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corporate culture

The Hole in the Soul of Business

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The Hole in the Soul of Business

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(the title of this post is a direct 'tribute' to a column of the same name by one of my favorite management writers, Gary Hamel) For the past 12 years, Edelman has conducted a very in-depth study of the level of trust consumers have for government, media and corporations and has found, unsurprisingly, that there has been a steady decline in public trust. This doesn't come as a big surprise to most readers who feel continuously manipulated and lied to by government, media and corporations in the interest of their own gains.

But trust works both ways and I'm less interested in convincing customers and citizens to trust and more interested in convincing government, media and corporations to trust their customers and citizens.

I've observed and been part of a growing DIY culture - one that is demonstrating that individuals can and will come together to achieve results that are inspirational and often reflecting a more democratic outcome than any of the top-down efforts.

Take, for instance, the amazing efforts of #OccupySandy, a grassroots, people powered movement of engaged and concerned citizens looking to help Hurricane Sandy victims and get affected areas back to normal (or better) in the wake of the storm. Government did an okay job coming in in the immediate aftermath, sending in troops, supplies and boosting the cleanup and some corporations have donated a good number of proceeds to the clean up (mostly going to the Red Cross and other large NGOs). But the #OccupySandy volunteers can go deeper and further and not have to encounter much for red tape. They can see a crisis, figure out the most efficient and best way to fix it and just do it. Are mistakes made in the process? Probably. But the benefits of these agile, scrappy "organizations" outweigh the losses.

I've been a fan, advocate of and participant in grassroots change for a long time and continue to believe that encouraging participation is a good thing. Generations of people were encouraged to be passive and dependent, but the web came along and changed that paradigm. Instead of Read-Only, it gave us writing privileges. We gained a voice. It allowed us to connect with others who wanted to contribute. Those who grew up with the web expect interaction and their default is participation. Those of us in the 'sandwich' generation (half our lives were pre-browser) and older are still trying to figure out what that means.

I was raised in a culture that promoted a paternal outlook on the world. People needed protection: from invasion, from the communists, from brand confusion, from the bad guys and, mostly, from one another. The default was security, not transparency. Sites like Wikipedia were frightening before they were invaluable. But as the web has evolved, it's as if the curtain is being pulled back on the Wizard of Oz and we are realizing more and more that we don't have to wait for permission or someone else to save us. We have the tools and power at our fingertips.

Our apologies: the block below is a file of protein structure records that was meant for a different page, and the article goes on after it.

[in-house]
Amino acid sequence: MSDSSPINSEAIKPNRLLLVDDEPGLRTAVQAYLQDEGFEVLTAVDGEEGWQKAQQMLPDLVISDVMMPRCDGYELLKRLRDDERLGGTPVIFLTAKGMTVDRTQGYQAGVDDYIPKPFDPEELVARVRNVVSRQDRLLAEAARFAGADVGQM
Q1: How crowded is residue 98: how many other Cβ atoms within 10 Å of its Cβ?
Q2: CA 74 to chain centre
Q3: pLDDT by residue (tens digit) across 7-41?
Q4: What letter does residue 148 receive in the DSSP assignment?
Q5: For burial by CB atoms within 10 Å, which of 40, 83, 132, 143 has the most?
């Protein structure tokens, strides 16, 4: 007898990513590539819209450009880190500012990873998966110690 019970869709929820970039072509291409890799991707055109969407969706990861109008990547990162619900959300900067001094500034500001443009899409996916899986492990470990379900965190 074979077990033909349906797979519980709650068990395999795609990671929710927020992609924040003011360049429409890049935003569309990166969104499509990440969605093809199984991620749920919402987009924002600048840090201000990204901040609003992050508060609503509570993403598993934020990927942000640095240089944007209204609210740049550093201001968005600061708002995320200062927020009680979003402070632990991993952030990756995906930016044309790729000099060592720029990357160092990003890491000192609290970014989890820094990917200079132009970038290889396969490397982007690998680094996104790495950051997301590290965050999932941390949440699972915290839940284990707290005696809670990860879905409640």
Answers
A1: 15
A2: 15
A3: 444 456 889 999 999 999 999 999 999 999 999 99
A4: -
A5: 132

But power is a funny thing. Once you have it, you don't want to give it up, especially if you have it based on some default or otherwise extrinsic means. Real power and leadership is when people trust and respect you and choose to follow you. When I think of real power and leadership, I imagine those that really affected change like Gandhi, Martin Luther King Jr., Simone de Beauvoir and more recently Steve Jobs (and yes, Steve was reportedly hard on people, but he led with such inspiration). These leaders didn't feel threatened by others. If they were criticized or challenged, they would engage in the challenge and open themselves up to improvements. But most power is fleeting and extrinsic. It's gained from having money or given a position in which one can exercise their power. I've watched lots of people luck out on a bit of success only to let it go to their heads. These are the same people who feel the most insecure about their power.

Most corporations fit this bill. It's such a dog-eat-dog world. Customer loyalty is fleeting. And you can have a hit one day and be forgotten the next. Smart companies who will succeed will remain more agile and flexible like the #OccupySandy example. What works today may not work tomorrow, so how does one know how to stay a step ahead? By being open and flexible and empowering every employee in your organization to bring their innovation to the forefront. And how do you ensure that this innovation is focused and not haphazard? Strong culture and leadership. The more your employees understand and are invested in your brand, the better their ideas will be.

But the hole in the soul of business is that it can't trust. It can't trust partners, employees, customers or even themselves most of the time. Even when doing the same thing over and over stops achieving results, leaders would rather turn to outside consultants that don't know their business for the answers rather than asking their own employees who have hundreds of ideas on how to evolve. Every corporation and every government has an #OccupySandy of their own just waiting to be the incubator of potential awesome, but they either ignore or alienate their biggest assets.